This is the first step because it is so important to do this prior to using the intranasal sprays below. Saline irrigation (Neti Pot or NeilMed squeeze bottle) help to “flush out” the allergens and irritants on your nasal mucosa, and help to also maintain moisture for dry nasal passages. It also allows the intranasal sprays discussed below to be more effective. For children, a saline spray followed by blowing out his/her nose may suffice.
Steroid based: OTC Flonase (generic fluticasone), OTC Nasacort, OTC Rhinocort, Dymista, Nasonex, Omnaris, Qnasl, Veramyst
These are effective in decreasing and sometimes preventing nasal symptoms but do not provide immediate relief. These take about a week to reach their full effect and are most effective when used on a regular basis. Because of the low dose and minimal absorption, there are usually no systemic side effects. These are not decongestants and are not habit forming.
OTC Decongestant Sprays: Afrin, Dristan, Sinex, etc.
Use caution when using these sprays. They are very effective in temporarily relieving nasal stuffiness but can be habit forming. Use for more than 3 days results in a “rebound” effect.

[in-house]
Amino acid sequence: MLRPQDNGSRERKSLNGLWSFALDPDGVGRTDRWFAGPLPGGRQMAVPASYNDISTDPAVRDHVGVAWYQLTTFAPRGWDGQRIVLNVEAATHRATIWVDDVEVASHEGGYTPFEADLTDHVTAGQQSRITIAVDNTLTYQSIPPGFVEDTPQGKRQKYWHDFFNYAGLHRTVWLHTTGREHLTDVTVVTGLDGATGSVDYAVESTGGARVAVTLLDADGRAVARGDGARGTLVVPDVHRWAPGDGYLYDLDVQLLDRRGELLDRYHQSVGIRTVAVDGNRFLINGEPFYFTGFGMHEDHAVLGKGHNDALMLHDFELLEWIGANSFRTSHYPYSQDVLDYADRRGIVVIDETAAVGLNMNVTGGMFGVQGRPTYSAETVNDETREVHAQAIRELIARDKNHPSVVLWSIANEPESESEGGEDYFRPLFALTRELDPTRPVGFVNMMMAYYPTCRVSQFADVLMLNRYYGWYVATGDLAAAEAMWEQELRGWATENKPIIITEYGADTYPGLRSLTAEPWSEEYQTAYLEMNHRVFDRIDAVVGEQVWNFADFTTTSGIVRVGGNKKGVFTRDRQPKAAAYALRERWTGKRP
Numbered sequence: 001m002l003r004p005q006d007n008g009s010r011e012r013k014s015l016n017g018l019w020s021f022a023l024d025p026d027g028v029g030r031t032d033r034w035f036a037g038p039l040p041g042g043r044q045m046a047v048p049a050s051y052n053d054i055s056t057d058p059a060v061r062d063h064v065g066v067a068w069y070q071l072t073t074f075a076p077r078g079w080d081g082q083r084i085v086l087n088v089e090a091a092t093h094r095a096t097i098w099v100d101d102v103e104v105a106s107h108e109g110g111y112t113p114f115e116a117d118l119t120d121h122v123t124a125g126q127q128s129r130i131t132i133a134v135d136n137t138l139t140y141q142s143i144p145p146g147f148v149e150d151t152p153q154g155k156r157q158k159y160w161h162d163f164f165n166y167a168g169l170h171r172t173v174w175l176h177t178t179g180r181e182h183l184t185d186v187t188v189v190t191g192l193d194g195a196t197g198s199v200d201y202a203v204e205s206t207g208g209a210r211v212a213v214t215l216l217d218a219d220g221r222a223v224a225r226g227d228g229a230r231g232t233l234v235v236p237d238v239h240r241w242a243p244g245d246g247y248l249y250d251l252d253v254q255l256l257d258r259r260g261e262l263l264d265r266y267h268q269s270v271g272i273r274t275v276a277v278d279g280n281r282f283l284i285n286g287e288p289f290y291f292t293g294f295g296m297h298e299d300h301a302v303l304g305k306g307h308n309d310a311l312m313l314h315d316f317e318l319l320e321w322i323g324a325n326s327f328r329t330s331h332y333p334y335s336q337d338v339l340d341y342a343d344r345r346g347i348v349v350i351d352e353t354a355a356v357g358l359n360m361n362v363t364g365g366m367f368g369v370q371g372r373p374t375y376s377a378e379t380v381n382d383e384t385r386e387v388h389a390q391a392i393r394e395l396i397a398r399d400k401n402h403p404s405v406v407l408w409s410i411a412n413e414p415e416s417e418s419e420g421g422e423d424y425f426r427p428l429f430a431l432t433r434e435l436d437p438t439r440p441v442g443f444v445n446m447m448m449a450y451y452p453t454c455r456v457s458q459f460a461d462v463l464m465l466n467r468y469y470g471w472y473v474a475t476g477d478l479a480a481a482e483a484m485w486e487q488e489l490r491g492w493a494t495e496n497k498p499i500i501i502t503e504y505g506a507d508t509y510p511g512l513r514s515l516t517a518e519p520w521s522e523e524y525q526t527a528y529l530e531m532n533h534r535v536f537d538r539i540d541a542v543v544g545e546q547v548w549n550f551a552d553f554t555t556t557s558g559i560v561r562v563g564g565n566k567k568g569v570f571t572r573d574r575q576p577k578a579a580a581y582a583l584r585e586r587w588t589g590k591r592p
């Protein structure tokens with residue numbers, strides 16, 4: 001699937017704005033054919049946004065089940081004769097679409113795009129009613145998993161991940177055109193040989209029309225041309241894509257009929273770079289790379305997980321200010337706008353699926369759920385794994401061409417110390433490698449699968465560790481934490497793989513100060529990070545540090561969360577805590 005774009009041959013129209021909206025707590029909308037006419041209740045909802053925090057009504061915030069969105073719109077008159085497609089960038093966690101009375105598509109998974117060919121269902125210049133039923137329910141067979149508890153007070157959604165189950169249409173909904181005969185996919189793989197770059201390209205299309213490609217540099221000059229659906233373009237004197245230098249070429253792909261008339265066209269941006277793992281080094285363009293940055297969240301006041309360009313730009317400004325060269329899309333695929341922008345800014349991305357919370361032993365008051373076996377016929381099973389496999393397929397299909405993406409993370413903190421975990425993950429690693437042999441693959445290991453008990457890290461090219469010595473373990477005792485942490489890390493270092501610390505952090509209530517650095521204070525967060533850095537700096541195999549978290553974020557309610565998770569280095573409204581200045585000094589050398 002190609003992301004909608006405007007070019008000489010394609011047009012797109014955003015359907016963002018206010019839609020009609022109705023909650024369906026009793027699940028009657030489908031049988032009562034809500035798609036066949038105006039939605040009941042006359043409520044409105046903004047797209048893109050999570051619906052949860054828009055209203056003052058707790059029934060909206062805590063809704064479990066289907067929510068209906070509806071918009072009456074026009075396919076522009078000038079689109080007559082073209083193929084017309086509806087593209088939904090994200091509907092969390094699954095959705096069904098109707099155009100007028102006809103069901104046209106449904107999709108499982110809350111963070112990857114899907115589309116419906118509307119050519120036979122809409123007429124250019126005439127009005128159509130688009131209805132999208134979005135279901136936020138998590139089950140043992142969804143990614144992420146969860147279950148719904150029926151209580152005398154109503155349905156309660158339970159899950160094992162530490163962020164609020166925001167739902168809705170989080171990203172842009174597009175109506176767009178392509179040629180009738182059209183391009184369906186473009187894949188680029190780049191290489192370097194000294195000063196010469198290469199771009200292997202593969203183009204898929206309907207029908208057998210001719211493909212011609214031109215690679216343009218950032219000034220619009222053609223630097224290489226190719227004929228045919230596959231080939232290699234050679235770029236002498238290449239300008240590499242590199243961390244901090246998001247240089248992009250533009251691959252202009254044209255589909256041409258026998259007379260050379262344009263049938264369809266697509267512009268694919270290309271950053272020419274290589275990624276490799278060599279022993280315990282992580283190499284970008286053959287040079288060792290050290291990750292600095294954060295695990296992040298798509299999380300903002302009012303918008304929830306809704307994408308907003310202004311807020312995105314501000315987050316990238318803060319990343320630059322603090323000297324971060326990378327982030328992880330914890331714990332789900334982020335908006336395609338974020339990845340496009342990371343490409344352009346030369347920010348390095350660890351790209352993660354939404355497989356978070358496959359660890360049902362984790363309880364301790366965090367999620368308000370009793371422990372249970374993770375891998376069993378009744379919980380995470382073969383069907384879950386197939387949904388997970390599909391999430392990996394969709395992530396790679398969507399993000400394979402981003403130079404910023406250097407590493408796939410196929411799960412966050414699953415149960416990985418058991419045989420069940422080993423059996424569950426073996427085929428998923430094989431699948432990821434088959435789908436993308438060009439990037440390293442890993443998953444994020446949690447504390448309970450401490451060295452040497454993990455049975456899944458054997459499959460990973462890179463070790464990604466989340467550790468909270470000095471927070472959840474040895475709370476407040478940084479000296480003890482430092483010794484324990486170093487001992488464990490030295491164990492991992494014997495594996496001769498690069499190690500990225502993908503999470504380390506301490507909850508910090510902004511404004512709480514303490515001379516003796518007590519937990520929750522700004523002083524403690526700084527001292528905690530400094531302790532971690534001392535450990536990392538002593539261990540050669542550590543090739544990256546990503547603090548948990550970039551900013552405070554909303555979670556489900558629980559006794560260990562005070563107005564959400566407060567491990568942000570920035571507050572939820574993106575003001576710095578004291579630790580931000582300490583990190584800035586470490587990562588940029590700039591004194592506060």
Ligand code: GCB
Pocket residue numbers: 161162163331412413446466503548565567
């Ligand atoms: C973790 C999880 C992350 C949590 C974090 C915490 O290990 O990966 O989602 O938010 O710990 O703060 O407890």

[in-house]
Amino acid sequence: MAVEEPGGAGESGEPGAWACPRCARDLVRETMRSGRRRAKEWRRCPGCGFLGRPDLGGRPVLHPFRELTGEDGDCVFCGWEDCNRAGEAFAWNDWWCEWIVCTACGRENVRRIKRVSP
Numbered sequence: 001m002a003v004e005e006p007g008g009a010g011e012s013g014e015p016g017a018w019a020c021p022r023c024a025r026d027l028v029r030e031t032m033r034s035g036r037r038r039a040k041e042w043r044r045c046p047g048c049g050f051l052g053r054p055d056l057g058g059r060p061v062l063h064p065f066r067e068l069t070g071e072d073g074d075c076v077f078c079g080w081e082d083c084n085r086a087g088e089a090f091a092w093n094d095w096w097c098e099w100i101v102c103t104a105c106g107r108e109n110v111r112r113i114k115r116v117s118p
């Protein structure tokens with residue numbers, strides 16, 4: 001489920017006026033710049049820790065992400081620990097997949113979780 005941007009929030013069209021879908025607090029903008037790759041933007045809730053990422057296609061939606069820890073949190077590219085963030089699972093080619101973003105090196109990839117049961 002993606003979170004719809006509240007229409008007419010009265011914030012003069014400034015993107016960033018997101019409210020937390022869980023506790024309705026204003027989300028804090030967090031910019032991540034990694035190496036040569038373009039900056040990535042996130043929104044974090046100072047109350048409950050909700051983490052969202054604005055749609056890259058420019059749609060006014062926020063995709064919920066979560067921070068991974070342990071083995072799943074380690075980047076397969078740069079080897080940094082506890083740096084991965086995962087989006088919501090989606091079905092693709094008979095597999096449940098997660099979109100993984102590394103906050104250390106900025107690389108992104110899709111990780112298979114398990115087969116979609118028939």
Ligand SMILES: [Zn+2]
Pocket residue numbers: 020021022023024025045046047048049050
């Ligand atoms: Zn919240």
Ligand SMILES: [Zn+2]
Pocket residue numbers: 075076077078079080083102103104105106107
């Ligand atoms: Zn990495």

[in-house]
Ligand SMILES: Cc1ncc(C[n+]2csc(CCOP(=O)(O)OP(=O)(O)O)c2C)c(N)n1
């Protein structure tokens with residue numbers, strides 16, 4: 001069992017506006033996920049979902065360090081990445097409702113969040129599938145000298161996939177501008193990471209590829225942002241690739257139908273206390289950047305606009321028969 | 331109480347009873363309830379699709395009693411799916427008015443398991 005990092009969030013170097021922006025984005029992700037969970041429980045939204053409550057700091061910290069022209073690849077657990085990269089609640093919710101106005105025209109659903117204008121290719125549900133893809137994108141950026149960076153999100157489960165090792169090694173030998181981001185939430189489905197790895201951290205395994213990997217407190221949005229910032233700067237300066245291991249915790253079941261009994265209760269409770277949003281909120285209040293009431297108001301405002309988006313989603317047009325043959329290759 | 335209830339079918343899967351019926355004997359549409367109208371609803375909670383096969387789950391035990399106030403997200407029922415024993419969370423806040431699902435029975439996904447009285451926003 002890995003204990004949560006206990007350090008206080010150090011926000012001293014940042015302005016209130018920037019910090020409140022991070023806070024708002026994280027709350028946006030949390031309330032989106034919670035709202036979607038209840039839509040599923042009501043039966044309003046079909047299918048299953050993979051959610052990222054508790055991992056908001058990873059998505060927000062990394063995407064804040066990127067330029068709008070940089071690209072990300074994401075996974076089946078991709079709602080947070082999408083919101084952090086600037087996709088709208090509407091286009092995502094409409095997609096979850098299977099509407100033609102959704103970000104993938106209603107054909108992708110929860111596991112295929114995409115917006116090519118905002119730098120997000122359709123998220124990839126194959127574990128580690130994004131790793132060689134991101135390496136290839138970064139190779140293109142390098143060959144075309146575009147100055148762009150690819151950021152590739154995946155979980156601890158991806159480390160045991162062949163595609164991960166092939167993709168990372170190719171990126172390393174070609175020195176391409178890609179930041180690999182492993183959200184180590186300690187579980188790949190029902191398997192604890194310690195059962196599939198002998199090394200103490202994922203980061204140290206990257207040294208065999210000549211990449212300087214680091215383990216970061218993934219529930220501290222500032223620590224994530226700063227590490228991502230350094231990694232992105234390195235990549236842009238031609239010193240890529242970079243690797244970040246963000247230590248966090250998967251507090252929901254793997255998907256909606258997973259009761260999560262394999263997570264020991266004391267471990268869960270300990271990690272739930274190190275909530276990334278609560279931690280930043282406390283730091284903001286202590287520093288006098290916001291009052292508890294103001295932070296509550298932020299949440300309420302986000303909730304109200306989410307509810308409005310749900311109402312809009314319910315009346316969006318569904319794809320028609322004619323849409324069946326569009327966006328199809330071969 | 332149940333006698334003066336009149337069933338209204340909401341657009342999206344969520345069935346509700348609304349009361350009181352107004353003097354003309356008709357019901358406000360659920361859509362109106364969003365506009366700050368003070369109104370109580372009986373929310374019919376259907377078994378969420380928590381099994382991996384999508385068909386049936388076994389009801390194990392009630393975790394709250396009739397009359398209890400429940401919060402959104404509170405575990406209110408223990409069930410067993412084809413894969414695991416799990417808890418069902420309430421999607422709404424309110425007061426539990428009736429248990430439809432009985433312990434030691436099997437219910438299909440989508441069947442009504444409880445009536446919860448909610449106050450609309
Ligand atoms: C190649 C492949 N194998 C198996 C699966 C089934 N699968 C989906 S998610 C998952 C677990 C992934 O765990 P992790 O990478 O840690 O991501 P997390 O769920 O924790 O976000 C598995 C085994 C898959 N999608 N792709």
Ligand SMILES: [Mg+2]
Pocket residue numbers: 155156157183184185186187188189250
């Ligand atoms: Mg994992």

OTC Alaway, OTC Zaditor, Optivar (generic azelastine), Pataday, Patanol, Pazeo
These antihistamine eye drops are effective for relieving or preventing itching, tearing and redness. You may use the drops 15 minutes prior to wearing your soft contact lenses but should not put the drops directly on your lenses.
Antihistamines: OTC Allegra (generic fexofenadine), OTC Claritin (loratadine), OTC Zyrtec (cetirizine), Clarinex, Xyzal:
These newer generation antihistamines relieve nasal itching, sneezing and drainage and itchy, watery eyes, without causing the sedation and dry mouth that older generation antihistamines, such as Benadryl (diphenhydramine) or cholorphenramine. Zyrtec, however, may cause drowsiness and sedation in some people.
OTC cough/cold meds, e.g. Sudafed, Mucinex, NyQuil, etc.
The decongestants in these formulations help relieve nasal stuffiness and sinus and ear pressure. Decongestants may cause insomnia, nervousness, rapid pulse and increased blood pressure. As such, they are used only for a few days for symptomatic relief when you have a cold, and are not recommended for allergy treatment.
Anti-Leukotriene: Singulair (generic montelukast)
Singulair is unique in that it is not a steroid, antihistamine or a decongestant. It is taken once daily to help control allergies and asthma.